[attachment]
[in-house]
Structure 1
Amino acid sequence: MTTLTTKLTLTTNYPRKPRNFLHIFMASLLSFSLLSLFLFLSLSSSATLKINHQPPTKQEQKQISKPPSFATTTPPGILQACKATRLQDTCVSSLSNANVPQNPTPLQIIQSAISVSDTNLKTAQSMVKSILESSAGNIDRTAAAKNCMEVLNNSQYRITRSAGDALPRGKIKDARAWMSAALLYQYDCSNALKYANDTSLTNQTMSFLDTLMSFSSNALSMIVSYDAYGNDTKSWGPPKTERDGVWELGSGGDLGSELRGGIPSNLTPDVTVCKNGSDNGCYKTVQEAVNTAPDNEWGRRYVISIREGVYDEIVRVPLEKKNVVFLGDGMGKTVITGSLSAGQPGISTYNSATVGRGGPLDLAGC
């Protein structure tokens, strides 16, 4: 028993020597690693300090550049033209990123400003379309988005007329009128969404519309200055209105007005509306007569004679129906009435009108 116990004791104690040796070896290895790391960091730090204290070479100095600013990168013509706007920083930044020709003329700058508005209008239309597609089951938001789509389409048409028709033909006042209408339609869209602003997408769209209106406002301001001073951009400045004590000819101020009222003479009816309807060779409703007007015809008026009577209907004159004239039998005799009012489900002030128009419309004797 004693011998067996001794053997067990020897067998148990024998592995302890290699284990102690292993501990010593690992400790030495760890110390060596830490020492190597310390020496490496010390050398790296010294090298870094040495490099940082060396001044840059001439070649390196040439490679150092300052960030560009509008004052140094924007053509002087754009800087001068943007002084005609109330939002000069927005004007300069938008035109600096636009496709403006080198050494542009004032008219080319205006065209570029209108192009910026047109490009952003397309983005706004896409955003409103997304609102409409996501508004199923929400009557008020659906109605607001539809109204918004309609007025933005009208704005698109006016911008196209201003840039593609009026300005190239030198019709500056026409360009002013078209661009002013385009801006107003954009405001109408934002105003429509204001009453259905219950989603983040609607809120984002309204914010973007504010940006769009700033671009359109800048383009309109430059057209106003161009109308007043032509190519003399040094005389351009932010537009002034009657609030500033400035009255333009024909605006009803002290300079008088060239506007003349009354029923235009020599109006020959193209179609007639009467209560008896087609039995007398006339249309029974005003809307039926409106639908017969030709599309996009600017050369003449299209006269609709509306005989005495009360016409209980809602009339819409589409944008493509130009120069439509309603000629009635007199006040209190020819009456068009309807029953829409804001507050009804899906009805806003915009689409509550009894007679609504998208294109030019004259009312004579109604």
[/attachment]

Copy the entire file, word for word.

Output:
[in-house]
Structure 1
Amino acid sequence: MTTLTTKLTLTTNYPRKPRNFLHIFMASLLSFSLLSLFLFLSLSSSATLKINHQPPTKQEQKQISKPPSFATTTPPGILQACKATRLQDTCVSSLSNANVPQNPTPLQIIQSAISVSDTNLKTAQSMVKSILESSAGNIDRTAAAKNCMEVLNNSQYRITRSAGDALPRGKIKDARAWMSAALLYQYDCSNALKYANDTSLTNQTMSFLDTLMSFSSNALSMIVSYDAYGNDTKSWGPPKTERDGVWELGSGGDLGSELRGGIPSNLTPDVTVCKNGSDNGCYKTVQEAVNTAPDNEWGRRYVISIREGVYDEIVRVPLEKKNVVFLGDGMGKTVITGSLSAGQPGISTYNSATVGRGGPLDLAGC
């Protein structure tokens, strides 16, 4: 028993020597690693300090550049033209990123400003379309988005007329009128969404519309200055209105007005509306007569004679129906009435009108 116990004791104690040796070896290895790391960091730090204290070479100095600013990168013509706007920083930044020709003329700058508005209008239309597609089951938001789509389409048409028709033909006042209408339609869209602003997408769209209106406002301001001073951009400045004590000819101020009222003479009816309807060779409703007007015809008026009577209907004159004239039998005799009012489900002030128009419309004797 004693011998067996001794053997067990020897067998148990024998592995302890290699284990102690292993501990010593690992400790030495760890110390060596830490020492190597310390020496490496010390050398790296010294090298870094040495490099940082060396001044840059001439070649390196040439490679150092300052960030560009509008004052140094924007053509002087754009800087001068943007002084005609109330939002000069927005004007300069938008035109600096636009496709403006080198050494542009004032008219080319205006065209570029209108192009910026047109490009952003397309983005706004896409955003409103997304609102409409996501508004199923929400009557008020659906109605607001539809109204918004309609007025933005009208704005698109006016911008196209201003840039593609009026300005190239030198019709500056026409360009002013078209661009002013385009801006107003954009405001109408934002105003429509204001009453259905219950989603983040609607809120984002309204914010973007504010940006769009700033671009359109800048383009309109430059057209106003161009109308007043032509190519003399040094005389351009932010537009002034009657609030500033400035009255333009024909605006009803002290300079008088060239506007003349009354029923235009020599109006020959193209179609007639009467209560008896087609039995007398006339249309029974005003809307039926409106639908017969030709599309996009600017050369003449299209006269609709509306005989005495009360016409209980809602009339819409589409944008493509130009120069439509309603000629009635007199006040209190020819009456068009309807029953829409804001507050009804899906009805806003915009689409509550009894007679609504998208294109030019004259009312004579109604």